Last October, Fanatics Sportsbook CEO Michael Rubin pointed to being live in 15 to 20 U.S. jurisdictions by the start of the 2023 NFL season. A few months later, he walked that number back to 12, but with the start of the NFL season just one week away, it doesn’t appear the company will hit either target.
Still, for a company that a year ago didn’t have a wagering platform or even the staff to run one, Fanatics Sportsbook has sprinted into the wagering landscape and well could have its Amelco-based platform live in 12 to 15 additional states by the end of 2023.
The first portion of Fanatics’ multi-phase deal to acquire PointsBet‘s U.S. operations goes into effect on Thursday. As a bonus, the company added market access in one more state when the Wyoming Gaming Commission voted Thursday to approve a request to change ownership of “PointsBet Wyoming” to “FGB Enterprises OpCo, LLC, dba Fanatics Sportsbook.” The Wyoming regulator was the second on the state level to approve such a change since the Fanatics-PointsBet deal was approved by investors in June.
PointsBet hasn’t gone live with its Wyoming approval, and it’s unclear if or when Fanatics will. But the approval, along with the one in Pennsylvania last week, is instructive in terms of timing.
Every state is a new process
Because sports betting is a states’ rights issue, operators must incorporate in each state and, in turn, each state regulator must approve that entity for a license. So far, the only regulator to approve the PointsBet-Fanatics transfer is the Pennsylvania Gaming Control Board, which did so on Aug. 22 with the caveat that Fanatics must still get an interim authorization from the PGCB executive director as well as sign a Statement of Conditions and Indemnification agreement.
New York‘s regulator said it would discuss and potentially vote on the transfer at its September meeting, but Fanatics will still have administrative procedures to complete. At a New York State Gaming Commission meeting on Aug. 3, Chairman Brian O’Dwyer said his agency would review Fanatics’ suitability to operate in the state and likely bring its findings to a vote in September. But as in Pennsylvania, an approval won’t lead to an immediate launch.
So cool to see not one, but two Fanatics billboards outside of Fenway Park in Boston – including one for Fanatics Sportsbook! pic.twitter.com/ZYSRVVhvqa
— Michael Rubin (@michaelrubin) August 21, 2023
It’s also important to note that Fanatics Sportsbook won’t simply be re-skinning the PointsBet platform, like PENN Entertainment will be able to do with its new ESPN BET platform later this year. According to previous comments, Fanatics Sportsbook will be working to integrate the PointsBet technology into its newly crafted in-house platform, and given how methodically the company rolled out its app in its first four markets, it would seem that it will take its time to fully merge the platforms before unveiling the new product.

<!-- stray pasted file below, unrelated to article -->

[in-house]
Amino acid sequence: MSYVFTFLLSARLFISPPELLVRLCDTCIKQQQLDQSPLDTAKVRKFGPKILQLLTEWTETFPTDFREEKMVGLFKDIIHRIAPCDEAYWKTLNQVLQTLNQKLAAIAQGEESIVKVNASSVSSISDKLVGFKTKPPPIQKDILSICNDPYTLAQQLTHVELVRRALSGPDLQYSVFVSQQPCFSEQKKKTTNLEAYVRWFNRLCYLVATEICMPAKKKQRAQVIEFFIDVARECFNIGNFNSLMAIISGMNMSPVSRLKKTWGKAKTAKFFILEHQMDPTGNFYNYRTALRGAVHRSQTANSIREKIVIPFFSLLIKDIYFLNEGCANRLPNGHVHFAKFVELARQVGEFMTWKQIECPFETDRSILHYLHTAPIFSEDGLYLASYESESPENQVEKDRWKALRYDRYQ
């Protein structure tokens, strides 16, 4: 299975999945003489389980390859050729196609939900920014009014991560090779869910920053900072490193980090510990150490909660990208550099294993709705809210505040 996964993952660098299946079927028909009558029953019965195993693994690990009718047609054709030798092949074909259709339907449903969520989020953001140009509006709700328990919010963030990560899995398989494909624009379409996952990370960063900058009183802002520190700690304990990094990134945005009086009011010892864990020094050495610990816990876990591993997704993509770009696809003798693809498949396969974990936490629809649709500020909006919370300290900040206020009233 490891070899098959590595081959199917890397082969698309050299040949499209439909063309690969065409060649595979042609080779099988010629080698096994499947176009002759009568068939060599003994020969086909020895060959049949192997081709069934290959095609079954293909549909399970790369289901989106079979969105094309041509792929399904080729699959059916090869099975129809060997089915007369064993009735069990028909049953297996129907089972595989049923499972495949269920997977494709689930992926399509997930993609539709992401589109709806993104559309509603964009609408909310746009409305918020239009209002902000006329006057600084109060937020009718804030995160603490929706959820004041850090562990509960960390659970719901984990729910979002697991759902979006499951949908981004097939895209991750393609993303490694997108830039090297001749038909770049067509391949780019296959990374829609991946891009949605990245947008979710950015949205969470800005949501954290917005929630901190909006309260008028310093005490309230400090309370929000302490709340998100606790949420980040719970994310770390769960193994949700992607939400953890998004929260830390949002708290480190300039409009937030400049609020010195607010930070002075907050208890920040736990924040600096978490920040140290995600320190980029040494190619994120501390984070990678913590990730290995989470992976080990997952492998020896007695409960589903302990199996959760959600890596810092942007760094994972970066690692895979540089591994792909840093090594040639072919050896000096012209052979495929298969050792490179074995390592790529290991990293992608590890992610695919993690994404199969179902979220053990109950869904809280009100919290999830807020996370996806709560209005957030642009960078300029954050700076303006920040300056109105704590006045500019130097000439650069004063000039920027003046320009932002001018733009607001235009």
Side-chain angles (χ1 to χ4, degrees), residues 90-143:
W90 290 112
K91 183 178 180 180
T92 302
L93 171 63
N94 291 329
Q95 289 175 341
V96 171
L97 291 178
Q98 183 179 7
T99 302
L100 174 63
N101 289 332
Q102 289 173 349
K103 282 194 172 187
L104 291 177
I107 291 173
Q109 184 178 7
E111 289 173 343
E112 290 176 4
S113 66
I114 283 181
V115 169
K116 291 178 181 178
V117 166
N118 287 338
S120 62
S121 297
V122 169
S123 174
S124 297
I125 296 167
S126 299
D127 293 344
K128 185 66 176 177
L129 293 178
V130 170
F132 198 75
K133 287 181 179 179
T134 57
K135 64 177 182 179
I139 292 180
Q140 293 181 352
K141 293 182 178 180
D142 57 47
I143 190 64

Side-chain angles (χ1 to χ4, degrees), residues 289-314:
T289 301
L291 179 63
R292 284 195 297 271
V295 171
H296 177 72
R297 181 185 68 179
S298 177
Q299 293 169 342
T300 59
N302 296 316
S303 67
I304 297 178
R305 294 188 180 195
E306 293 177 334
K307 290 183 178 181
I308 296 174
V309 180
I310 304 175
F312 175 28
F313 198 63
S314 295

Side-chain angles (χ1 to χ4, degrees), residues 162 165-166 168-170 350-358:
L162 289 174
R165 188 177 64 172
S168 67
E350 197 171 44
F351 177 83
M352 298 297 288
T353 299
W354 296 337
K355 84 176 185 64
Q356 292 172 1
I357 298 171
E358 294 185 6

In Maryland, Massachusetts, Ohio, and Tennessee, Fanatics Sportsbook went through months of beta testing with a small group of customers, who provided feedback before the company implemented new ideas and on Aug. 16 opened the platforms for general use. The first beta platform was opened to select customers in Tennessee in March.
Ahead of Aug. 31, Fanatics had market access without the PointsBet deal in five U.S. states — Kentucky, Maryland, Massachusetts, Ohio, and Tennessee — and was live in four. Digital platforms in Kentucky can go live as early as Sept. 28.
Deal opens pathway in NY, MI, PA, and VA
The PointsBet deal gets Fanatics access to 12 states that it does not currently have a pathway into, including New York and Pennsylvania and several other states with caps on licenses. PointsBet was one of nine operators to get a New York license in 2021, and while operators have consistently pushed back against the state’s 51% tax rate, there is a certain cachet to being live in the largest legal betting state by population in the U.S.
— Fanatics Sportsbook (@FanaticsBook) August 9, 2023
While PointsBet is live in Maryland and Ohio, Fanatics is as well and won’t need to use PointsBet to get access. It’s unclear what will happen to PointsBet’s partners in those states once the transition is complete.
The PointsBet deal also bought Fanatics access in Colorado, Iowa, Indiana, Illinois, Kansas, Louisiana, Michigan, New Jersey, Virginia, and West Virginia. Of those states, Michigan and Virginia each have license caps, meaning that without PointsBet, Fanatics Sportsbook could not have gained access in the near future.
Additionally, iCasino is legal in Michigan and Pennsylvania, and Fanatics is expected to offer that form of gambling there. Colorado and New Jersey regulators are also considering licensing Fanatics’ sports betting operations.
In the remaining states, there is no license cap, but as in New York, Pennsylvania, and Wyoming, Fanatics likely won’t have to go through the whole application process in order to rebrand and launch its platform.